PSU bank recap part 2: Modi govt’s move may not support long term growth; Fitch explains why

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Published: March 28, 2019 6:01:21 PM

Modi government’s recent decision to increase capital infusion may have given a short-term reprieve to the PSU banks, the move is not expected to support their growth in the long-term.

bank credit, scheduled commercial banks, Non-food credit, RBI, bank deposit, market newsEarlier in February, the government announced infusion of  Rs 48,239 crore in 12 public sector banks (PSBs) in FY19.

Modi government’s recent decision to increase capital infusion may have given a short-term reprieve to the PSU banks, the move is not expected to support their growth in the long-term, on account of ongoing provisioning and their tepid earnings outlook, a report said.

“The banking sector’s weak earnings, in particular state-owned banks, and thin capital buffers remain at risk from ageing provisions, which stem from the slow resolution of the sector’s USD150 billion NPL stock (FY18)”, Fitch Ratings said.

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Earlier in February, the government announced infusion of  Rs 48,239 crore in 12 public sector banks (PSBs) in FY19 to help them maintain regulatory capital requirements and finance growth plans. With this funding, the total amount of capital infusion increased to Rs 1,00,958 crore of the planned recapitalisation of Rs 1.06 lakh crore for PSBs for the current fiscal.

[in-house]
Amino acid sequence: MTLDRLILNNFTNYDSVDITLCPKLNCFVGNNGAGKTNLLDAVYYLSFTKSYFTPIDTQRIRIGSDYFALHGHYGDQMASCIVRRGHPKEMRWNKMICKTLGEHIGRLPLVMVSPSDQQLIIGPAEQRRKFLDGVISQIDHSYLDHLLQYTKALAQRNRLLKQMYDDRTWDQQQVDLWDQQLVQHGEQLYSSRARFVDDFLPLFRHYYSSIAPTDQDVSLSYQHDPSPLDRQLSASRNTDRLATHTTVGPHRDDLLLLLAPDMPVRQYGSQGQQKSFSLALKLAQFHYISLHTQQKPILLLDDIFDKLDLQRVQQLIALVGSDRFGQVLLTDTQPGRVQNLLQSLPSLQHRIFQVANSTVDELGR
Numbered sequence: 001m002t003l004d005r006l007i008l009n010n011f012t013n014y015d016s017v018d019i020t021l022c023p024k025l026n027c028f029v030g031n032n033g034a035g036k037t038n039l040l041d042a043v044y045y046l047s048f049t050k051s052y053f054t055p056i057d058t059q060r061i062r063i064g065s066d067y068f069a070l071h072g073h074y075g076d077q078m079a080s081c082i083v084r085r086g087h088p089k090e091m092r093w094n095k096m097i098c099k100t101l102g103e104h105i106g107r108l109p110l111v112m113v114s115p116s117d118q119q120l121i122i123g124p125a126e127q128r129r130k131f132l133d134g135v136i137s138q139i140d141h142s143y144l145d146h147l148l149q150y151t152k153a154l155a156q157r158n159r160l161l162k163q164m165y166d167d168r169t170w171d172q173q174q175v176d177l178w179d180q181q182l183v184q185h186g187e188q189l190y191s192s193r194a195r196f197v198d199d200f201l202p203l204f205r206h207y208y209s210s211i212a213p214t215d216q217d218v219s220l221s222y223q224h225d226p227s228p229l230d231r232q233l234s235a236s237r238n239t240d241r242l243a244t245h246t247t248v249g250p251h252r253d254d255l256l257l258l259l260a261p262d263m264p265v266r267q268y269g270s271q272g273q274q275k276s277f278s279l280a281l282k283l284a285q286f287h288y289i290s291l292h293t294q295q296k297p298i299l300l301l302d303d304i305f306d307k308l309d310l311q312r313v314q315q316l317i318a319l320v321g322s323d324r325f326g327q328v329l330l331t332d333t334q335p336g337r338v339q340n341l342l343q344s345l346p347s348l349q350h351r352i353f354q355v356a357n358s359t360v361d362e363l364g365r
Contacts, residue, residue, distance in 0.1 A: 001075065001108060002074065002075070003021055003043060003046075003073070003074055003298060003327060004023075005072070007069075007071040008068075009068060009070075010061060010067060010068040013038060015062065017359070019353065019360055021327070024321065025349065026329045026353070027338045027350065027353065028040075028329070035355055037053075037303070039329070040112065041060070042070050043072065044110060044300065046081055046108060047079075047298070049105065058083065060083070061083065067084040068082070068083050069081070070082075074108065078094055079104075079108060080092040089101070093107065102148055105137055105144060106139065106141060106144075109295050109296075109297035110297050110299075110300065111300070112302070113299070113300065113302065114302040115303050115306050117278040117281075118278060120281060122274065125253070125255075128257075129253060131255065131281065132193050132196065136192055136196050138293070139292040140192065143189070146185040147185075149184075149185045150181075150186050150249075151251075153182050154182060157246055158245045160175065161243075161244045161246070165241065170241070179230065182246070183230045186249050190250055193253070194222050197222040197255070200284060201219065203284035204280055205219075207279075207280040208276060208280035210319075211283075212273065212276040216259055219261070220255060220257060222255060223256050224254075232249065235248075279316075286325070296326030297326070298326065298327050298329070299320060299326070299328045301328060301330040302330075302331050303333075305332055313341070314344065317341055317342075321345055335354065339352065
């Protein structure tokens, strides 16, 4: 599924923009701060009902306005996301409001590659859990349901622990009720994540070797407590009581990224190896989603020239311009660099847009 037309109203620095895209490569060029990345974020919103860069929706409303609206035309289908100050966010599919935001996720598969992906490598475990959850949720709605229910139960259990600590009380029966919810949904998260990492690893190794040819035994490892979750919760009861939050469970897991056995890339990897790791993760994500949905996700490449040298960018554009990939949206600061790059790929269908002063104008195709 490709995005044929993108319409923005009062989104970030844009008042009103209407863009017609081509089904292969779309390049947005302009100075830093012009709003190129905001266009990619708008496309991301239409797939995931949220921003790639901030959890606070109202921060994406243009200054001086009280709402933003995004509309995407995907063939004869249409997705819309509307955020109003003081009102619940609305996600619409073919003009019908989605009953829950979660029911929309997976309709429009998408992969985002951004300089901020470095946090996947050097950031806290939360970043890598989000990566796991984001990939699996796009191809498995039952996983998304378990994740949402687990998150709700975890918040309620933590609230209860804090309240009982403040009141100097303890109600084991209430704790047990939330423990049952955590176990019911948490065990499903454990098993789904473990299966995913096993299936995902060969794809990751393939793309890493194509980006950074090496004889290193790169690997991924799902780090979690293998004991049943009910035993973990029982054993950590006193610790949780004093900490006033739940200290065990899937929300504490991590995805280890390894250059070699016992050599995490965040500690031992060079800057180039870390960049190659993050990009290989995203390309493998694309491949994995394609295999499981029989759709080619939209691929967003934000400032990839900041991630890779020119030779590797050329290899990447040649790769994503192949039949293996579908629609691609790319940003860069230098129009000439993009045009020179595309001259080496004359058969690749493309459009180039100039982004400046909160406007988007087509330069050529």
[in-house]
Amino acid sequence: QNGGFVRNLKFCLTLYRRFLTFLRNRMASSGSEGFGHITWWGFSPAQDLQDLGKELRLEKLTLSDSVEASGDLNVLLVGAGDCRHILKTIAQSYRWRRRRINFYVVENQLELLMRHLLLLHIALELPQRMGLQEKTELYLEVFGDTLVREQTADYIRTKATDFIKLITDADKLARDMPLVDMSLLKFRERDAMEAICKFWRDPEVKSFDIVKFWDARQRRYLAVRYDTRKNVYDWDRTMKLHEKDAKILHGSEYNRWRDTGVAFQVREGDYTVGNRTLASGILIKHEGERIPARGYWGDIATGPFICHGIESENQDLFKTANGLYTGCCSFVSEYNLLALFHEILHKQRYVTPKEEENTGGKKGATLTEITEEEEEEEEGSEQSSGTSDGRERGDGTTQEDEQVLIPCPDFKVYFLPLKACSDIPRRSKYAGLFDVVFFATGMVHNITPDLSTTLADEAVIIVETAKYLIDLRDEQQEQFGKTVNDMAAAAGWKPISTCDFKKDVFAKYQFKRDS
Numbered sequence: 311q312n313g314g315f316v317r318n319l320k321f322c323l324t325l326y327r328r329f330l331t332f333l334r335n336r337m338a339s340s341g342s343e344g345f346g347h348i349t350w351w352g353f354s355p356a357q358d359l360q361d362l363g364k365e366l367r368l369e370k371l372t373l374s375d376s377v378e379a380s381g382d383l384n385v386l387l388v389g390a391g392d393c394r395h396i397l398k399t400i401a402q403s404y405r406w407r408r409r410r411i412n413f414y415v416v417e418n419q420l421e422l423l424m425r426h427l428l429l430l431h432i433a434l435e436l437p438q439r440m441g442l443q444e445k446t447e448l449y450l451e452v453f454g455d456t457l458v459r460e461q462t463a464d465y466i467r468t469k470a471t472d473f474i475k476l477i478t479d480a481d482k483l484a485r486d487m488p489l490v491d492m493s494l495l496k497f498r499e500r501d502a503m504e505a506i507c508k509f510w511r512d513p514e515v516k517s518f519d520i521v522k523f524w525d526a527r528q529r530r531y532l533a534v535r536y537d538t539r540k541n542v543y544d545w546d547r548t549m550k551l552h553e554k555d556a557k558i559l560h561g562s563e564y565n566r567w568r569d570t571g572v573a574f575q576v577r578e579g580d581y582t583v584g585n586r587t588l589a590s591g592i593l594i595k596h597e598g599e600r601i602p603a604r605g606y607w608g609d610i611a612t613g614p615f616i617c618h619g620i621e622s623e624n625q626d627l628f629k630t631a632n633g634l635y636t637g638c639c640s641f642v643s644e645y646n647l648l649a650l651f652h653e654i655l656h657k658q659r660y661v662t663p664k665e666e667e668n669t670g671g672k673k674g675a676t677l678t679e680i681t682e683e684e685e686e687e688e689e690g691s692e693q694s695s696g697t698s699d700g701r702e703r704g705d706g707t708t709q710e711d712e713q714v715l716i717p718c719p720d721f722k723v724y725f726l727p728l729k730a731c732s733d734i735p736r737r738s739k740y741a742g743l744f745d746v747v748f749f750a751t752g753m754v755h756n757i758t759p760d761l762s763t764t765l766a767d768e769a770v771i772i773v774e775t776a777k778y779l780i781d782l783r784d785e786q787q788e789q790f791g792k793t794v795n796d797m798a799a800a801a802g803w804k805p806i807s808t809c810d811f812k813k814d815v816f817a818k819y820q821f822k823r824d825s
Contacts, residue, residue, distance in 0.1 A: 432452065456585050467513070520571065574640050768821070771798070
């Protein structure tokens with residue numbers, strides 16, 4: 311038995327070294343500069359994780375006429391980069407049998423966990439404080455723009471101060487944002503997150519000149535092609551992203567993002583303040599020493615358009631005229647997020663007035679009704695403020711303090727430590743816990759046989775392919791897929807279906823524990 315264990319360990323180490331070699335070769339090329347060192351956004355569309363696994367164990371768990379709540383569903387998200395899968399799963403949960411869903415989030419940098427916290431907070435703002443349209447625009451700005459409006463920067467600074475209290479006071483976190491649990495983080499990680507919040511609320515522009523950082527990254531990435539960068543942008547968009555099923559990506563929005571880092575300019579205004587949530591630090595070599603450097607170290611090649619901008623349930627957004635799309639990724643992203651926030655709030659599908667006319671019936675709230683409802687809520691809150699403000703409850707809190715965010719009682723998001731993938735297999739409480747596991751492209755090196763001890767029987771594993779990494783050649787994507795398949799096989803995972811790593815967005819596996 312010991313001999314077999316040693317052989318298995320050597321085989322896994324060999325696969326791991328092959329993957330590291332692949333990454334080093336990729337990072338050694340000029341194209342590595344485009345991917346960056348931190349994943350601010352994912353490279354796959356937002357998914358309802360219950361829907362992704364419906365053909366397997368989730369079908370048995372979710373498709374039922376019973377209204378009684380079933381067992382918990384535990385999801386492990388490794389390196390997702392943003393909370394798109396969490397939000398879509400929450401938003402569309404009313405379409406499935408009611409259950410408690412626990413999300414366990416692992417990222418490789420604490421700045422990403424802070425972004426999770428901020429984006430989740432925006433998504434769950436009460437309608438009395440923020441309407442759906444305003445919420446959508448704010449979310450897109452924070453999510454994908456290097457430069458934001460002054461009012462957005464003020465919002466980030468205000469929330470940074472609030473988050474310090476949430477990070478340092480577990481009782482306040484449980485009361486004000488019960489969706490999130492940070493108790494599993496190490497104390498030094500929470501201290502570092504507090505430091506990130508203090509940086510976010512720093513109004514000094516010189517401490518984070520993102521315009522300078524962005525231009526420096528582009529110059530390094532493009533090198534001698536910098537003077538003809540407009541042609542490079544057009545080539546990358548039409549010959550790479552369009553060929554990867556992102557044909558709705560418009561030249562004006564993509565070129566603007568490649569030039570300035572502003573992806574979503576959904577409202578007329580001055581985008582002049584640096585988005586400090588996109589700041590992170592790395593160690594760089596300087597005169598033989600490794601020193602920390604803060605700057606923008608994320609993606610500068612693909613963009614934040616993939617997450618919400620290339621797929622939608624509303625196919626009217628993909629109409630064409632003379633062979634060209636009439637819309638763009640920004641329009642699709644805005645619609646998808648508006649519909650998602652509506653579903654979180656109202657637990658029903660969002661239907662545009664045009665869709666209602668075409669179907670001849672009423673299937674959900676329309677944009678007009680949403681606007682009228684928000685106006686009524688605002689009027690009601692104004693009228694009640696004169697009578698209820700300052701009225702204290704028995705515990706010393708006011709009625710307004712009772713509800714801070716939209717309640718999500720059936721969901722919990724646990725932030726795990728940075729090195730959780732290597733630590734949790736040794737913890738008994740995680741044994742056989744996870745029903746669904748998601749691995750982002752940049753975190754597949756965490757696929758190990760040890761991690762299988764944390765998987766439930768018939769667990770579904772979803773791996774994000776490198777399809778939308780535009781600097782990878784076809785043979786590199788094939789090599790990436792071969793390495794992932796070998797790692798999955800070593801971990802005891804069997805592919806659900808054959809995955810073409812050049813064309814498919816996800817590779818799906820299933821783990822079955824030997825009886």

The report also said that the lower slippages and improved recoveries have reduced the gross non-performing loan (NPL) ratio of the banking sector in the first nine months of the running fiscal. However, slow resolution of bad loans and weak capital are expected to keep the recovery slow, a report by Fitch Ratings also said. The NPL ratio has come down in 9MFY19 to 10.8 per cent from 11.5 per cent in FY18, it noted.

“Overall credit costs, despite a decline in percentage terms from previous years, remained high compared with most state banks’ weak pre-provision profits. As a result, several state banks reported losses in 9MFY19 while the common equity Tier 1 for nearly half of the 21 state banks was below the minimum 8% required by FY20,” it noted.

The report also said that the RBI’s recent decision to delay implementation of IndAS for the banks for the second straight time “underscores some of the near-term challenges and reflects the authorities’ aversion to compound the sector’s weak financials”.

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